New York High School Stops Football Season After Player Dies. Are Youth Sports Too Dangerous?

September 27, 2013  |  
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Damon Janes was a 16-year-old who loved playing football for his high school. But early in the season, that love ended up taking his life. After voting, the players of the Westfield-Brocton Wolverines decided they were just too heartbroken to continue playing without their teammate.

Janes was hit hard in the third quarter of the September 13 game he was helping his team recover. Game officials say he was taken down by a helmet-to-helmet hit. He was able to walk off the field but passed out once he reached the sidelines. Janes died in the hospital three days later. Quarterback Stevie Wisecarver III told NBC, “I wanted to play, I love the game. But it just wouldn’t feel right without him. The team just didn’t feel right.”

Even as they mourned Janes’ death, parents pointed out that “poor officiating, with no penalty calls on late hits, made it only a matter of time before ball carriers like Damon got hurt.” Even as the game’s governing organizations emphasize the “Heads Up” tackling technique in the interest of safety, the American Journal of Sports Medicine still reports that an average of 12 college and high school football players die each year. Damon Janes was the fifth player to die after a game this season but his team is the only one that decided to cut its season short.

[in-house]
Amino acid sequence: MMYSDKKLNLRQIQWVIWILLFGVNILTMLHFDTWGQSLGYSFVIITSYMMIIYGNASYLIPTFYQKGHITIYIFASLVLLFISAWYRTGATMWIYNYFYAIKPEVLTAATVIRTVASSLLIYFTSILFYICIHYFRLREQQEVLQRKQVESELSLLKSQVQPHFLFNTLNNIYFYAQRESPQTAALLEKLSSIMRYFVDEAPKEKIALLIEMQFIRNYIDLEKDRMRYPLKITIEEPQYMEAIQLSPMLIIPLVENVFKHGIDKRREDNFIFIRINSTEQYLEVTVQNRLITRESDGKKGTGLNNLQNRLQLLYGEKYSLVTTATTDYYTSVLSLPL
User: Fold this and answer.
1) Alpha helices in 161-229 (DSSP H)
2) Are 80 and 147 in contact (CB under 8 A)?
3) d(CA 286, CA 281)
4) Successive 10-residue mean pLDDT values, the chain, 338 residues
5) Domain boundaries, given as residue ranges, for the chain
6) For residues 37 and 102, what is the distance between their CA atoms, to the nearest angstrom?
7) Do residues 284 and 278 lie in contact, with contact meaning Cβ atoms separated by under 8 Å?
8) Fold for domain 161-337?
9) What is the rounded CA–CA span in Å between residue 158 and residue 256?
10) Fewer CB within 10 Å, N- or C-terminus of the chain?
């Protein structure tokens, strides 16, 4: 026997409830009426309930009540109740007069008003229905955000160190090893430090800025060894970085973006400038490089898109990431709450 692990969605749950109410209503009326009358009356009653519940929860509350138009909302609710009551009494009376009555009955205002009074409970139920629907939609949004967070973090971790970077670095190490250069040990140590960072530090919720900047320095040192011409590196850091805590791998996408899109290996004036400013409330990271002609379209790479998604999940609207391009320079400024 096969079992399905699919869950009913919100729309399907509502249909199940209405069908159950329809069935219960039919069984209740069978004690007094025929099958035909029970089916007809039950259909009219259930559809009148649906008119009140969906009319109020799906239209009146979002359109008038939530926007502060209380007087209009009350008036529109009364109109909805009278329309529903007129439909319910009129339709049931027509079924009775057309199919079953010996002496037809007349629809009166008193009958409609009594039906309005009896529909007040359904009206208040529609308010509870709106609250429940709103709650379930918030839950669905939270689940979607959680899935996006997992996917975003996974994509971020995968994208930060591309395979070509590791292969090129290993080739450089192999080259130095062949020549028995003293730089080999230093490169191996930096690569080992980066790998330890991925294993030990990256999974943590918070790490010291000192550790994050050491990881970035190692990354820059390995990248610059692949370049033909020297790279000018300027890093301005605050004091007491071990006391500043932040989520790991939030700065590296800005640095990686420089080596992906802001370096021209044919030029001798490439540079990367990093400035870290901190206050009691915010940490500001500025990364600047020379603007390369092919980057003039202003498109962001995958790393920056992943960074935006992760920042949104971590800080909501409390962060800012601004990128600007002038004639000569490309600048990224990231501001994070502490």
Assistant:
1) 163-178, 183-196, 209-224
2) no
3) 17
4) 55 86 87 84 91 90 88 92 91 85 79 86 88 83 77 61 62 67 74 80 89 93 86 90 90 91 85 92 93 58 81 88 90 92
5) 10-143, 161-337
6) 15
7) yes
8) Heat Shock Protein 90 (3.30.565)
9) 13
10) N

This death has parents looking hard at the activities they feel safe letting their kids participate in. Do you let your kids play football and other contact sports? Do you worry about their safety?


Photo: Aspen Photo /

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